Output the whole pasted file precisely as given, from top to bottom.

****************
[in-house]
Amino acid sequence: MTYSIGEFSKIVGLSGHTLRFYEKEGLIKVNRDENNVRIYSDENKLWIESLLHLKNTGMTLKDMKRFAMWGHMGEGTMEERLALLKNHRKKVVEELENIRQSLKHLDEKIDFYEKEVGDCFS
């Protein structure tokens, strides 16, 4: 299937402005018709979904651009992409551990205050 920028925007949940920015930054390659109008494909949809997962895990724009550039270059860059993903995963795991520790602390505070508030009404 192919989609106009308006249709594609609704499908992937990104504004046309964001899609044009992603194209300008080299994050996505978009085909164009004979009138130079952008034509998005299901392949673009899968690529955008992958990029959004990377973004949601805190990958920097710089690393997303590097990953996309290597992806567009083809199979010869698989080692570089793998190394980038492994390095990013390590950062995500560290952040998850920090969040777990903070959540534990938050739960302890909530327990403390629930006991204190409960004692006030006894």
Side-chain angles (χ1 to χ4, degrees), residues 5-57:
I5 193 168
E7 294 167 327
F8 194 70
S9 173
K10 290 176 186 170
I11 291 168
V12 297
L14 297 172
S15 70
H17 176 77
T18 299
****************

[in-house]
Amino acid sequence: MTYSIGEFSKIVGLSGHTLRFYEKEGLIKVNRDENNVRIYSDENKLWIESLLHLKNTGMTLKDMKRFAMWGHMGEGTMEERLALLKNHRKKVVEELENIRQSLKHLDEKIDFYEKEVGDCFS
């Protein structure tokens, strides 16, 4: 299937402005018709979904651009992409551990205050 920028925007949940920015930054390659109008494909949809997962895990724009550039270059860059993903995963795991520790602390505070508030009404 192919989609106009308006249709594609609704499908992937990104504004046309964001899609044009992603194209300008080299994050996505978009085909164009004979009138130079952008034509998005299901392949673009899968690529955008992958990029959004990377973004949601805190990958920097710089690393997303590097990953996309290597992806567009083809199979010869698989080692570089793998190394980038492994390095990013390590950062995500560290952040998850920090969040777990903070959540534990938050739960302890909530327990403390629930006991204190409960004692006030006894």
Side-chain angles (χ1 to χ4, degrees), residues 5-57:
I5 193 168
E7 294 167 327
F8 194 70
S9 173
K10 290 176 186 170
I11 291 168
V12 297
L14 297 172
S15 70
H17 176 77
T18 299